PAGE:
Photo provided by Australian National University (ANU) shows Dr. Antony Burnham from the ANU doing research on tiny grains of zircon found in the ancient sandstone rocks. The Earth's landscape was most likely to have been barren, mountainless and mostly underwater 4.4 billion years ago, according to Australian scientists who analyzed ancient "mineral grains" from Western Australia. (Xinhua/ANU)
CANBERRA, May 9 (Xinhua) -- The Earth's landscape was most likely to have been barren, mountainless and mostly underwater 4.4 billion years ago, according to Australian scientists who analyzed ancient "mineral grains" from Western Australia.
In a statement released on Tuesday, scientists from the Australian National University (ANU) said they closely analyzed tiny grains of zircon found in the ancient sandstone rocks formations in the Jack Hills in Western Australia, which are believed to be the "oldest fragments of the Earth ever found."
Lead researcher, Antony Burnham from the ANU, said the mineral grains gave scientists a strong indication that pre-life Earth was mostly underwater, flat and without any vegetation.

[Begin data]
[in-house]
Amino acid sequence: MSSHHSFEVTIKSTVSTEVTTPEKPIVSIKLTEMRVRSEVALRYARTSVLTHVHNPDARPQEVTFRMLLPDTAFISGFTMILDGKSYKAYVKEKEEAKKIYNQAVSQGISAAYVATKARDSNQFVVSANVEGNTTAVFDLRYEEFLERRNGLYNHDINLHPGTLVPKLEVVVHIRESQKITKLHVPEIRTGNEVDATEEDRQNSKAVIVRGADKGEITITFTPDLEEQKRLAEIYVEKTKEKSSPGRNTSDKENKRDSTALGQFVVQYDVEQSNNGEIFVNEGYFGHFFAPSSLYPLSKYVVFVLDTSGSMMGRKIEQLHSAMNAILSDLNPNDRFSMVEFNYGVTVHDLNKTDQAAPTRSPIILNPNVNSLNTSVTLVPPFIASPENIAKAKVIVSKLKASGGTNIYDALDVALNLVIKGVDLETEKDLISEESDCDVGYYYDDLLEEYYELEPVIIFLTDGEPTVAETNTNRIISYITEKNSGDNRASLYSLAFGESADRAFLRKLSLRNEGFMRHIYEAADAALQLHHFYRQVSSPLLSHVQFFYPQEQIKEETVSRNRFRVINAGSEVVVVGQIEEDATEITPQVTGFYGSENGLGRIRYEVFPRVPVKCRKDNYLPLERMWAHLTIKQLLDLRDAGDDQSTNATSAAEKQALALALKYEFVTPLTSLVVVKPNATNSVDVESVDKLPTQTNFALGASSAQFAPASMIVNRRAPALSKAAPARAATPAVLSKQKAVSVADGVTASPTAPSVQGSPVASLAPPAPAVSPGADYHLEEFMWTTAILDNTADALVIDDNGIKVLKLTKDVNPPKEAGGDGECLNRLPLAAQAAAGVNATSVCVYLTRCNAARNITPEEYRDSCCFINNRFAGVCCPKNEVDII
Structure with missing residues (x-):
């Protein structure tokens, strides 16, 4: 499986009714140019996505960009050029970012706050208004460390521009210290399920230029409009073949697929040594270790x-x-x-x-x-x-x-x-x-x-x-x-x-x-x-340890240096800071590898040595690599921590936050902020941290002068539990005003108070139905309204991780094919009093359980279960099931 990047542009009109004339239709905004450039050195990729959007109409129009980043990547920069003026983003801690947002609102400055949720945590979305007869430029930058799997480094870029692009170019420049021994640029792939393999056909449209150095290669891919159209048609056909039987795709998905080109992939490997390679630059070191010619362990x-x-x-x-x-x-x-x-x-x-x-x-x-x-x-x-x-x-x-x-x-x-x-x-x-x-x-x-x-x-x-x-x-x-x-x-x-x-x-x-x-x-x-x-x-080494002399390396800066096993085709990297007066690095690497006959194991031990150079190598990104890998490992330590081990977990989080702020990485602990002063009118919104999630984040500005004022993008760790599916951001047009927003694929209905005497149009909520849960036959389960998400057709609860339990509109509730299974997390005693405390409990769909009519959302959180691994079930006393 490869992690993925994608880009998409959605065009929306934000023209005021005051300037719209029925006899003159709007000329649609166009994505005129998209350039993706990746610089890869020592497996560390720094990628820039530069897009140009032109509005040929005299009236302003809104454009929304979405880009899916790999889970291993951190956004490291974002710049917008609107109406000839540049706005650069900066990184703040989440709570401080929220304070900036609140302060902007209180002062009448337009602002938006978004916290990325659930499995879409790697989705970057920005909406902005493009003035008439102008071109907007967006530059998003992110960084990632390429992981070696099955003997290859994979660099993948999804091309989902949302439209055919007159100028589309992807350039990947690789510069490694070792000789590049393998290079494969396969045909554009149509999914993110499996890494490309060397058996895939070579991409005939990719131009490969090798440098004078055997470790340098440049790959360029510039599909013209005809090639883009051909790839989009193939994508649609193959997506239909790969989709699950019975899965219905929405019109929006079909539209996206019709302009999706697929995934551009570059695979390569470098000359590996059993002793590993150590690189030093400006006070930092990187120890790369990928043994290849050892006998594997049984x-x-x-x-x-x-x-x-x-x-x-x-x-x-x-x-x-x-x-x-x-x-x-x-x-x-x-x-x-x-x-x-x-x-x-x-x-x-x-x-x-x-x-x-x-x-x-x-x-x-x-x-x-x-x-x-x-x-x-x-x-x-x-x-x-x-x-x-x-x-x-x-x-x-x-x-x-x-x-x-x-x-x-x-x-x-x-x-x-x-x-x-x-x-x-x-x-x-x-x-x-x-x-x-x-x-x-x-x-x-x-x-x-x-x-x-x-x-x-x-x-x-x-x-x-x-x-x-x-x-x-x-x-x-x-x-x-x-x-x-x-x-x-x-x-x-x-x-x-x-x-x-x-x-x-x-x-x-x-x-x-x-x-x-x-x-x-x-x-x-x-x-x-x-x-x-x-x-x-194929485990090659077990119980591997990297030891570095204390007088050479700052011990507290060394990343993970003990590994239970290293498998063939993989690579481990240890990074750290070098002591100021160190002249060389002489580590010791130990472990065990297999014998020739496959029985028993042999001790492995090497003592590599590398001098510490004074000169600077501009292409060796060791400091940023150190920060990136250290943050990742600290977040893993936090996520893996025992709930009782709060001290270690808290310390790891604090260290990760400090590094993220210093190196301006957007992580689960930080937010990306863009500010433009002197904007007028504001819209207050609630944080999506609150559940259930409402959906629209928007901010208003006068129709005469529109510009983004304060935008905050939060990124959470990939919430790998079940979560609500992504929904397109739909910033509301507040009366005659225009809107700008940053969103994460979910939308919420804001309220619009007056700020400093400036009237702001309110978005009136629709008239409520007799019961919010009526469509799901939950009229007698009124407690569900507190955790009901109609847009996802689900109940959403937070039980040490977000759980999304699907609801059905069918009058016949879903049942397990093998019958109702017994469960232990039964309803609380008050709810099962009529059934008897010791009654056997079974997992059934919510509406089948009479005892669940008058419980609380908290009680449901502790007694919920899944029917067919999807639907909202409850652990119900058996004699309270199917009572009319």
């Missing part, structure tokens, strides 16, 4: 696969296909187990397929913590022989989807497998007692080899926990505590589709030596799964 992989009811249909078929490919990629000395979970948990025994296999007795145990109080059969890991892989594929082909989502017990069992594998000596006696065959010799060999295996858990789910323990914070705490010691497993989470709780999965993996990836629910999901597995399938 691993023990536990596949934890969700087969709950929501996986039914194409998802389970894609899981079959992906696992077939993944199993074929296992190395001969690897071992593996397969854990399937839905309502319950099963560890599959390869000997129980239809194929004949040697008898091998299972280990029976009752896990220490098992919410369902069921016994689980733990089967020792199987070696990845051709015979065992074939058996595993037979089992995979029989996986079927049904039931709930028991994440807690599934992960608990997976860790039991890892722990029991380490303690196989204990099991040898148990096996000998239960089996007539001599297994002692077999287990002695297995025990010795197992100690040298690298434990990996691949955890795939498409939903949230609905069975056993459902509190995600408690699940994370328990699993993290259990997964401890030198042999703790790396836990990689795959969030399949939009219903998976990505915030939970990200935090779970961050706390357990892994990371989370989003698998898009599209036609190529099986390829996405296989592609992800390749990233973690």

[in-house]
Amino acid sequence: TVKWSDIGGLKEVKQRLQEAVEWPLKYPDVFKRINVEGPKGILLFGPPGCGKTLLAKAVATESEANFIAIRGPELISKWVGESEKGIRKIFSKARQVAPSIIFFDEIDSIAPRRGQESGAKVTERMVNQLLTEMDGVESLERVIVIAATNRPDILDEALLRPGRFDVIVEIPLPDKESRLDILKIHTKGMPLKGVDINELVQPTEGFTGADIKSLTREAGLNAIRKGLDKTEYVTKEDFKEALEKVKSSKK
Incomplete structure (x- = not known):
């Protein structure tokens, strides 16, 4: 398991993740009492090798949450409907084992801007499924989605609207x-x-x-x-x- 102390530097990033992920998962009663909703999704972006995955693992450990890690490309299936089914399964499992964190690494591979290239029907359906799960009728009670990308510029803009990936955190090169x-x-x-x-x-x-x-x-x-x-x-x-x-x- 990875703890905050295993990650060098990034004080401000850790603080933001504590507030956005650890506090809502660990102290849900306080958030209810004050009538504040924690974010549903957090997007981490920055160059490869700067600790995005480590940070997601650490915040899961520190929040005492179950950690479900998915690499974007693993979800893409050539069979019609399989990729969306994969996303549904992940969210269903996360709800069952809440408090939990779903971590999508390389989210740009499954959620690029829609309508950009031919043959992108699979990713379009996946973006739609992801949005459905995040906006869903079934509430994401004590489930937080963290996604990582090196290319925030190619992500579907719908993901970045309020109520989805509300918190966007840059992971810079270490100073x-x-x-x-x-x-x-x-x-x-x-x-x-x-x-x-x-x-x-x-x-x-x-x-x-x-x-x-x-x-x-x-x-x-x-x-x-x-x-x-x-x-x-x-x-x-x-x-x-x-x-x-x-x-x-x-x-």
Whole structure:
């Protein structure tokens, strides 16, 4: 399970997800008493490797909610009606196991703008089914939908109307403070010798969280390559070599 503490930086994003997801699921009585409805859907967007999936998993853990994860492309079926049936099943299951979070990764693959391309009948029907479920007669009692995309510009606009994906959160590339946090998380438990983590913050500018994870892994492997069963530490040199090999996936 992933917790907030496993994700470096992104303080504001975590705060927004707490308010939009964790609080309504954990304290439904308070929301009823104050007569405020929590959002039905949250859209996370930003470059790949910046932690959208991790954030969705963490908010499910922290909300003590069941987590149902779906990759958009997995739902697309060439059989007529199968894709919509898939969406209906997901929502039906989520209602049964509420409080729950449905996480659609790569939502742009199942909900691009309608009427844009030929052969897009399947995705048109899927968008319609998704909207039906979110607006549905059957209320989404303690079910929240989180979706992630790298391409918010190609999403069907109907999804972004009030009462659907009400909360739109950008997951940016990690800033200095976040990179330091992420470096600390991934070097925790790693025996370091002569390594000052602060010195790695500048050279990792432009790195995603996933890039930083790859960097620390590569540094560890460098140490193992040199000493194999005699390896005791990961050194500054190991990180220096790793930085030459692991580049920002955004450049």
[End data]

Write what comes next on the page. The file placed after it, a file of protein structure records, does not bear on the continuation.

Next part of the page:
"The history of the Earth is like a book with its first chapter ripped out with no surviving rocks from the very early period, but we've used these trace elements of zircon to build a profile of the world at that time," Burnham said.
"Our research indicates there were no mountains and continental collisions during Earth's first 700 million years or more of existence - it was a much more quiet and dull place.
"Our findings also showed that there are strong similarities with zircon from the types of rocks that predominated for the following 1.5 billion years, suggesting that it took the Earth a long time to evolve into the planet that we know today."
Burnham said his team were able to analyze the grains "to decipher the link between zircon composition and magma type" and they were able to create an accurate picture of what the Earth might have looked like.
According to the ANU, life was not recorded on Earth until around 3.8 billion years ago, meaning the mineral fragments easily predate life on Earth.
"The samples of zircon from Jack Hills have been collected over the course of several decades by many people, while chemical analyses carried out by an ANU research group 20 years ago have proved invaluable," Burnham said.